‘Drowning’ in a mental health crisis

“I think prosecutor offices are drowning. I think defense attorneys are drowning. I think the court system is drowning in a mental health crisis. This isn’t just an issue. It’s a crisis.” — Clayton County District Attorney Tasha Mosley to Fox5 News.

Mentally ill people face dehumanizing conditions

“Reports from jails across the country, from Rikers in New York to Santa Clara County’s main jail comple in San Jose, Calif., have shown that mentally ill people are frequently mistreated. Families have filed lawsuits alleging that corrections officers have severely beaten mentally ill people, or let them starve or freeze to death,” Christopher Blackwell, incarcerated writer, in the New York Times.

Can police properly respond to those with mental illness?

“The training [for a correctional officer] really suggests that you should take control, you should maintain control and when you feel like a situation or a person is getting out of control the response is to escalate. For a person with a mental illness, particularly one who is paranoid, this is absolutely terrifying. It’s terrifying for anybody. It’s intended to be frightening, but for a person with mental illness it’s incomprehensibly terrifying, and so the result is often that the person with mental illness responds in exactly the opposite fashion … by lashing out or fighting back,” Alisa Roth, author of “America’s Criminal Treatment of Mental Illness,” to NPR.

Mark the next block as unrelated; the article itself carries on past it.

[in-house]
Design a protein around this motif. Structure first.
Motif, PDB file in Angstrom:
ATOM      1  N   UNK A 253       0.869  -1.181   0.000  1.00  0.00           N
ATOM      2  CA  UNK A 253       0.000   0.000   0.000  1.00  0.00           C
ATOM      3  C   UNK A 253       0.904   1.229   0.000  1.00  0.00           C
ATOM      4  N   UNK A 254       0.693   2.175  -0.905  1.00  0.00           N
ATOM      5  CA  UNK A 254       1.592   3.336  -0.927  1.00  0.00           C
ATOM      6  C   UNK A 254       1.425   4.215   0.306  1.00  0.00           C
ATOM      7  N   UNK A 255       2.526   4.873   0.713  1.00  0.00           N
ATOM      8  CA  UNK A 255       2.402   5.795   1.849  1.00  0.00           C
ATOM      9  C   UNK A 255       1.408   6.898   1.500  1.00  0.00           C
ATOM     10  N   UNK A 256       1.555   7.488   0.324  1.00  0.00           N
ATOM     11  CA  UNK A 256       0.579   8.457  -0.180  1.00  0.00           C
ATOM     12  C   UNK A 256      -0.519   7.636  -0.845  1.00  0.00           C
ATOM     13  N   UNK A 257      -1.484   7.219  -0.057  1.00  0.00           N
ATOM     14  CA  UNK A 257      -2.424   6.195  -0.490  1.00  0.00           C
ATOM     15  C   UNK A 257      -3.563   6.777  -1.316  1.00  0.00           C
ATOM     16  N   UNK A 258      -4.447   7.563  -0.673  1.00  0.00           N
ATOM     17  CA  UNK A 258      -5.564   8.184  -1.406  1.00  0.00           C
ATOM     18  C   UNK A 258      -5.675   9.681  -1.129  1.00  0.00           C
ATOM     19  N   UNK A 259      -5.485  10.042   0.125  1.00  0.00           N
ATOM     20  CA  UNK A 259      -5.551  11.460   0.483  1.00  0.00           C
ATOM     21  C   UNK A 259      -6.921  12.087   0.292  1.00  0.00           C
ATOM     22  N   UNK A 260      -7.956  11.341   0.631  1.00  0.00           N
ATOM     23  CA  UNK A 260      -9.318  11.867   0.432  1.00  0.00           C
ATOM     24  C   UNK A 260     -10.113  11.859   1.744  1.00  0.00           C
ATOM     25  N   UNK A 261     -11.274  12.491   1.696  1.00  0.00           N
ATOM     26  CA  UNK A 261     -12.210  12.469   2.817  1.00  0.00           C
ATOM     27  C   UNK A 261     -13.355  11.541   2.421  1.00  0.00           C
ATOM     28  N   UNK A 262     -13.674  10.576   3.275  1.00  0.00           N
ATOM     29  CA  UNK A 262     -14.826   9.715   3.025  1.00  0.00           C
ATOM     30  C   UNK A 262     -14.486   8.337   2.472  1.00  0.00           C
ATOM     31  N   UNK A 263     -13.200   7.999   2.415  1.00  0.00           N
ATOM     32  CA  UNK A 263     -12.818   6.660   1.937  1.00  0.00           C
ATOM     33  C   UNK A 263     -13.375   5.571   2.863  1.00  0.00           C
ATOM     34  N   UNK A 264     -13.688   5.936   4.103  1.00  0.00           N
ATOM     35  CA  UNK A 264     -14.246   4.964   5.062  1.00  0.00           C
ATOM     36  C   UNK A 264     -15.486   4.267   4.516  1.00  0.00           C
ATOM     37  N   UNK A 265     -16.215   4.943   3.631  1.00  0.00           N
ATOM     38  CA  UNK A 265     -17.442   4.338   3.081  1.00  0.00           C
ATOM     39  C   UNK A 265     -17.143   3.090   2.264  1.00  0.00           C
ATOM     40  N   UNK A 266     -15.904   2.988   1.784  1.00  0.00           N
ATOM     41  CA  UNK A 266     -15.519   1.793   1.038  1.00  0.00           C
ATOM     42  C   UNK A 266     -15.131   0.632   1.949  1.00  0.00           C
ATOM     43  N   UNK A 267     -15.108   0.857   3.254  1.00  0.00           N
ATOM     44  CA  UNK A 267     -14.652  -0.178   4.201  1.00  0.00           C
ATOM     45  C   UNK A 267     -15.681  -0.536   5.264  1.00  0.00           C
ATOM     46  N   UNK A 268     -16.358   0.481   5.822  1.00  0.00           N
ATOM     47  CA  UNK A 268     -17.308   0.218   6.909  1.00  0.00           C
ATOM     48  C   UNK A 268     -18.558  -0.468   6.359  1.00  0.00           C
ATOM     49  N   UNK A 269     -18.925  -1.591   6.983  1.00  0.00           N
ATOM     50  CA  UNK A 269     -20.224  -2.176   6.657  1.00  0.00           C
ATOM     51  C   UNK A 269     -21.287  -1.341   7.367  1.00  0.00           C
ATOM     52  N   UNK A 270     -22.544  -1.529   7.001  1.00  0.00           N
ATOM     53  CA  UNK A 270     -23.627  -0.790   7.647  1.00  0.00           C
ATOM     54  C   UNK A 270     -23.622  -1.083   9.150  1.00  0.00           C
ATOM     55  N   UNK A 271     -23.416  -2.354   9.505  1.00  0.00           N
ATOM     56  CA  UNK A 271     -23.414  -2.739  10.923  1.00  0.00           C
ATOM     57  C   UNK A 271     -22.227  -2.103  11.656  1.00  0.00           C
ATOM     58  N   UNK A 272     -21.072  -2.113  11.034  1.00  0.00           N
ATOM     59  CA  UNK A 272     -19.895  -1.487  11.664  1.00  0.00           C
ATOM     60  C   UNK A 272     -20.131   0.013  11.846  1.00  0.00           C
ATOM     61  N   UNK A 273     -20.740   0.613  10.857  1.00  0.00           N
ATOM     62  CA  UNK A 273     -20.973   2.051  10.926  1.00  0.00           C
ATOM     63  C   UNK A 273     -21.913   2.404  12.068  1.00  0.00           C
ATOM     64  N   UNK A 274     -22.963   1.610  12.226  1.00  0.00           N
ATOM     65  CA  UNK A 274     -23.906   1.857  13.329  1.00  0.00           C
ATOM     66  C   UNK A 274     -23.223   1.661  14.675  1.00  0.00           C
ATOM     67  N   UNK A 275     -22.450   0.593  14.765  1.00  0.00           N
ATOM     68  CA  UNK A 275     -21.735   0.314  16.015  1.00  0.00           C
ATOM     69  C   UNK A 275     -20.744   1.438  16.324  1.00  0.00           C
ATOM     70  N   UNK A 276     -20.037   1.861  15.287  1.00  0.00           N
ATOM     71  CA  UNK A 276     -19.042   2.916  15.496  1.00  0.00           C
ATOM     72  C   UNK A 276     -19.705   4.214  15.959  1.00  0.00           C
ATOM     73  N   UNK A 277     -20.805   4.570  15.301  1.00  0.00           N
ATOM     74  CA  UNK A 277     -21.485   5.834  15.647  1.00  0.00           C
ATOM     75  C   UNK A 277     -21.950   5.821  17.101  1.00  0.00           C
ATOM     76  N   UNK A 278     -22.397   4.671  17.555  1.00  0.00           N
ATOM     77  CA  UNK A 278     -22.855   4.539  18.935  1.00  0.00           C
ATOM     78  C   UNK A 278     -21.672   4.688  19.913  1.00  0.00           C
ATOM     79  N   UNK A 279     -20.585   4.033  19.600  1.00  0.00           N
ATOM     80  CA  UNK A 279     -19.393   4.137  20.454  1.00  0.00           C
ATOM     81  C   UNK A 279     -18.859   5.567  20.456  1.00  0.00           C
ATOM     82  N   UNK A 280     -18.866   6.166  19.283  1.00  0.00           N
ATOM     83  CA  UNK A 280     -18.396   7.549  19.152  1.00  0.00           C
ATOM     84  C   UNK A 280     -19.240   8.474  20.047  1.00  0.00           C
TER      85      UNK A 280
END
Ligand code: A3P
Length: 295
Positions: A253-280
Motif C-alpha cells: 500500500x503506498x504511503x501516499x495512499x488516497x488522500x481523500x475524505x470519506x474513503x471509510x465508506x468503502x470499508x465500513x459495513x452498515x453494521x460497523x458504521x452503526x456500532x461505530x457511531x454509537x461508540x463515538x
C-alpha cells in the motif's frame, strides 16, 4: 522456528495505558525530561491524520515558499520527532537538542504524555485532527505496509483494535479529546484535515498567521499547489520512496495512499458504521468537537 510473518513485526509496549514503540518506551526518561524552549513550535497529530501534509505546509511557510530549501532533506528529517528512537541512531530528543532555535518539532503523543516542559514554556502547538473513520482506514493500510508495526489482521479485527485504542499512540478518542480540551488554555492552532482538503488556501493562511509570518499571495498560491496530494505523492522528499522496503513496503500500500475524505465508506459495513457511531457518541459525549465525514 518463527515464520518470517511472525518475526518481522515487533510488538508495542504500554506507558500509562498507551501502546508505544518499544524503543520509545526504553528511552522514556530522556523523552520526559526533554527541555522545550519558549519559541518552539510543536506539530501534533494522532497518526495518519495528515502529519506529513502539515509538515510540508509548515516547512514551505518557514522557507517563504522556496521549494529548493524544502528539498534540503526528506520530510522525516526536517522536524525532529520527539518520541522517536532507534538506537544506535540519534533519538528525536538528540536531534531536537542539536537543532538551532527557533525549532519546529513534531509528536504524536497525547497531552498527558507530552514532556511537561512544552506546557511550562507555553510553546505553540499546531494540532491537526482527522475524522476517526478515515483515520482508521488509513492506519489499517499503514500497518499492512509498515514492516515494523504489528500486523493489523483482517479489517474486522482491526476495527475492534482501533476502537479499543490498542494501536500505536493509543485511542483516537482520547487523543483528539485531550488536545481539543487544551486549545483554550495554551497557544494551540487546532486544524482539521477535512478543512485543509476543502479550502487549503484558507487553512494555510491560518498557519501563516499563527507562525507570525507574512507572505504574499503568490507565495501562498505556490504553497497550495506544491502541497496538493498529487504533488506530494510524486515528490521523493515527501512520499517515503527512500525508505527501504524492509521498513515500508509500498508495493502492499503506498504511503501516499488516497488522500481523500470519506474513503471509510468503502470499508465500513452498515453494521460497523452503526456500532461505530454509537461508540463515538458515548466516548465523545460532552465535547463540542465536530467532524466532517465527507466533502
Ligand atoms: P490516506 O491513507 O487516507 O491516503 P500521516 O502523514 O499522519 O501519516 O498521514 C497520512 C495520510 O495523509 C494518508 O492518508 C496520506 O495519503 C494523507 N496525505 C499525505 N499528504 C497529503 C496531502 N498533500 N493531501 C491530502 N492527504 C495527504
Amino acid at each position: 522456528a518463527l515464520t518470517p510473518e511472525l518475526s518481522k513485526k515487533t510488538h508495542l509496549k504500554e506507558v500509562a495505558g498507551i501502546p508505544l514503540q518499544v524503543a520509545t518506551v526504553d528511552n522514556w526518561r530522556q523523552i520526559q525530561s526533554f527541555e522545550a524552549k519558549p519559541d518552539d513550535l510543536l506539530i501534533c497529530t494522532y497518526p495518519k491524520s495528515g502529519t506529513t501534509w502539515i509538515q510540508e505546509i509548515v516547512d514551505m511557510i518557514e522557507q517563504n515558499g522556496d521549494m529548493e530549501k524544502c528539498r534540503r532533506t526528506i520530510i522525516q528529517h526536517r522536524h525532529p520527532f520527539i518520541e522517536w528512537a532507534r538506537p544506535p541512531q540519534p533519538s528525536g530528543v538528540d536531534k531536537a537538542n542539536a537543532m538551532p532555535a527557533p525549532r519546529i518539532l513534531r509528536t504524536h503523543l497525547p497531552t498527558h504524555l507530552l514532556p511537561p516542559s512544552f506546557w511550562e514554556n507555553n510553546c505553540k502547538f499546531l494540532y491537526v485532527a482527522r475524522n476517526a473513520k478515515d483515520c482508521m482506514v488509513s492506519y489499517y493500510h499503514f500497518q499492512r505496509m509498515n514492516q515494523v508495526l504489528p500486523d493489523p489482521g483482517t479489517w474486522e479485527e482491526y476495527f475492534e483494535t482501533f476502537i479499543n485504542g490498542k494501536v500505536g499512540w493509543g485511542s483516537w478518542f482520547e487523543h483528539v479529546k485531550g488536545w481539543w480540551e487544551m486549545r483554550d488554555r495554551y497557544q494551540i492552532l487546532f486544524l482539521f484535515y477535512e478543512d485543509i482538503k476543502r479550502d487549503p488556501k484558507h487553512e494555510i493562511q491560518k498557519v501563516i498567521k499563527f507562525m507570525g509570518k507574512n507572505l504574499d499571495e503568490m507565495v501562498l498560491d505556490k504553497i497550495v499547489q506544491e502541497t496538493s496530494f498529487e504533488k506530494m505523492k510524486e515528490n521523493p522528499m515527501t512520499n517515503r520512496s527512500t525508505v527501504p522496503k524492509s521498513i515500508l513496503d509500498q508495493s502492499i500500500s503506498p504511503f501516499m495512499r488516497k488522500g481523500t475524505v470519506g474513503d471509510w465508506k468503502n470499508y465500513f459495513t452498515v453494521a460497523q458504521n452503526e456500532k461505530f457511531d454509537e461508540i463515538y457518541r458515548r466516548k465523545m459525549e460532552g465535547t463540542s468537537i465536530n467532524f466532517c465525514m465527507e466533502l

Mental health and the criminal justice system go hand in hand

“America has gone without a real system of mental health care for so long that mental illness is often seen as a permanent feature of the criminal justice system. In many prisons and jails, the urgent question is not how to reduce this surging population but how to build larger and better psychiatric units and treatment facilities inside the walls.” — Alisa Roth, the Atlantic.

Caring for mentally ill inmates is ‘expensive’ for correctional facilities

“Mental health problems are rampant in local jails, often because the illness was a primary factor in the offensive conduct. The cost of caring for and supervising mentally ill inmates makes them two to three times more expensive to house. Once released, they often stop taking their medications, which lands them in trouble with the law and back behind bars,” Editorial, New York Times

‘Criminalizing the most vulnerable’

“This six-decade problem of criminalizing the most vulnerable segment of our society will continue to get worse unless it is taken seriously by public officials at all levels. It is morally unacceptable to keep ignoring it. In the first place, screening programs that prevent people with serious mental illness from ending [up] in the legal system are critically needed. Furthermore, diversion programs to channel those people to the community where they can receive proper treatment and support services are urgently needed.” — Azza AbuDagga, health researcher for Public Citizen, to Yahoo News.